- Jason Sobel, Senior Golf Writer
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MARANA, Ariz. -- He's just a guy. Just another golfer. Just like me or anyone else in the field. Puts his pants on one leg at a time. Can't leap tall buildings in a single bound.
Or so you tell yourself, at least.
But deep down, Mr. PGA Tour Veteran, you know he's so much more than that, with those seven straight tour wins, 12 major championship titles and No. 1 ranking attached to his name.
By extension, he's also the fiercest match-play competitor of this era. So when you examine that strange labyrinth of names and lines for the hundredth time this week and still find your name connected on the bracket to that of Tiger Woods, you begin to rationalize. Take him down a notch in your thoughts. Remind yourself that anything can happen on any given day. But really, there's just one question lingering in your mind, waiting to be answered:
How do you tame a Tiger?
J.J. Henry is the latest to be posed with this self-inquiry. On Wednesday, he'll try his hand at golf's version of the Powerball jackpot, facing Woods at high noon in the first round of the Accenture Match Play Championship. A formidable undertaking, to say the least, but not one without any past comparisons.
Woods' first-round opponent last year, Stephen Ames, had an idea: Antagonize him. Or perhaps he was just guilty of speaking without thinking. Discussing Tiger's inaccuracy off the tee, Ames said prior to the event, "Anything's possible from where he's hitting it from."
Turns out Ames was only burying himself in a life-size divot with such a remark. He was defeated in astounding fashion, as Woods needed only 10 holes to mete out enough damage to call it a day. When asked later to comment on whether Ames' words provided any inspiration, Woods simply repeated the score of the match: "9 and 8."
"I'm not going to add any fuel to the fire," said Henry, who only got into this week's field after Charl Schwartzel pulled out. "I'm not saying I want to get beat 9 and 8."
OK, so let's examine some positive examples, guys who actually stood toe-to-toe with Tiger and lived to tell about it. Consider Shaun Micheel, who beat Woods in a first-round, 36-hole match at last year's HSBC World Match Play Championship in England. Rather than alienate his opponent beforehand, he placed the onus on himself, saying, "I'm not going to be a sacrificial lamb," prior to the match.
"I think sometimes it's easier to play as the underdog as most of us do week in and week out when he's in the field," Micheel said afterwards. "He's so strong mentally, which also makes him very difficult to play in match play. I think sometimes match play can be a little bit more of a mental game, as opposed to going out and seeing who shoots the lower score."
Then again, maybe it doesn't help to see yourself as the nothing-to-lose underdog in the match. Nick O'Hern knows a thing or two about the power of positive attitude.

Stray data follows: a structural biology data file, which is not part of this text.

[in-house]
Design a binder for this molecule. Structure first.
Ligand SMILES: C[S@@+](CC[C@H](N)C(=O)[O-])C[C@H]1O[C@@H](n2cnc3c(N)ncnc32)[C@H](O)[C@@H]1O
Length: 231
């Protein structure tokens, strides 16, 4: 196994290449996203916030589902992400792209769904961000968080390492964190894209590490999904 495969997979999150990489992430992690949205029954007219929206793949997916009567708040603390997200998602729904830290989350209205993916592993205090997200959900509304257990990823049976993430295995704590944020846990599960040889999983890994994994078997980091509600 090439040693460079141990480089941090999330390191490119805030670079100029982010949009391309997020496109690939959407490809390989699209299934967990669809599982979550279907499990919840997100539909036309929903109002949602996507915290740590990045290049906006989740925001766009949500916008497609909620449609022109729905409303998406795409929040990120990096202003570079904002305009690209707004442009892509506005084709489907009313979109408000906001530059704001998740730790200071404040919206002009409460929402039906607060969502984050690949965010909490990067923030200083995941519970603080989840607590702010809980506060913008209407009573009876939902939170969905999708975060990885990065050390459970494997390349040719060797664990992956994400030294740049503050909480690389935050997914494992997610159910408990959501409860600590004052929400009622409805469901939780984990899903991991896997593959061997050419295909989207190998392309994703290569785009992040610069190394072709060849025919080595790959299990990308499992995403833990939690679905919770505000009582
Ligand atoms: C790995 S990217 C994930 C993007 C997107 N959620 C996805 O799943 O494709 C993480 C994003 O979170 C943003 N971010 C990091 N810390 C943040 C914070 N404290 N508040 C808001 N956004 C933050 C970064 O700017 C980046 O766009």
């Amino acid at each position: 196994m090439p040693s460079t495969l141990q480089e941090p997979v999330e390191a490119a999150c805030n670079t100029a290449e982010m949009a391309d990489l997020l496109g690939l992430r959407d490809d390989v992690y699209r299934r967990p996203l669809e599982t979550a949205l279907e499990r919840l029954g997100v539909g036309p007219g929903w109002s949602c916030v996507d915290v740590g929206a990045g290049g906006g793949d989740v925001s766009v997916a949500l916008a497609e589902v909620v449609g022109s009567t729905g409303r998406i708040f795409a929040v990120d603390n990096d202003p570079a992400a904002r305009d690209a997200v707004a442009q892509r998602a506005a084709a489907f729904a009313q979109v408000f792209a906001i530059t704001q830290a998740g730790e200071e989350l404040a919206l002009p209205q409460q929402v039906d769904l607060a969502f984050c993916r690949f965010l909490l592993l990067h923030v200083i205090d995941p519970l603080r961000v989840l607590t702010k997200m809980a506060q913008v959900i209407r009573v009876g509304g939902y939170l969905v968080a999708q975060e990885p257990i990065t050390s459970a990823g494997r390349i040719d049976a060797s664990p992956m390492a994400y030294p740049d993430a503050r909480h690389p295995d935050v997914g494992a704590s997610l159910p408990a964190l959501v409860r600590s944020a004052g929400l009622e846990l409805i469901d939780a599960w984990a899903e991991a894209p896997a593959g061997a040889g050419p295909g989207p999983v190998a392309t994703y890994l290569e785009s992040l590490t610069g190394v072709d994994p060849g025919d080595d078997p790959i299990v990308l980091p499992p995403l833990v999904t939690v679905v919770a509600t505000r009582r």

"I thought if I played well I'd have a real good chance, and he'd have to play some really good golf to beat me," O'Hern said when he defeated Woods in the second round two years ago. "We had a really good match. It was a lot of fun."
One more piece advice Henry should heed this week? You've got to want to play Woods. Show fear and he'll pounce like a, uh, Tiger.
"I was definitely excited to be playing the No. 1 guy in the world. You want to play the best guys," said Chad Campbell, after defeating Woods in the third round of this event a year ago. "Obviously I'd probably rather play like a 12-year-old or something."
Actually, you'd rather play a 13-year-old. A 13-year-old Tiger Woods, that is.
Woods had just reached his teenage years when he played in his first match play event -- the Southern California Junior Match Play. He lost in the quarterfinals to James Mohon, a defeat which still eats at him today.
"I shot 69 that day. Got to the 18th hole and lost," Tiger recalled on Tuesday. "I didn't quite understand that. I just came home and told dad, 'I don't understand, I shot a better score than he did, but he won the match. That doesn't seem right.' He explained it to me. That was the first time I had ever experienced anything like that before."
What did he do about it? "We went out the next couple days and played match play," Woods said. But of course.
So there it is, J.J. Simply put, you'll need to score well, be mentally strong and have a great positive attitude to topple Woods and find your name succeeding his on the Match Play brackets this week.
Oh, and one more thing to remember about Tigers: They're just as scared of you as you are of them. "It's always tougher to continue at match play," Woods explained, "because all it takes is one hot guy."
Jason Sobel is ESPN.com's golf editor. He can be reached at Jason.Sobel@espn3.com
What's the secret to beating Tiger Woods in match play? His first-round opponent, J.J. Henry, should take some advice from those who have done it.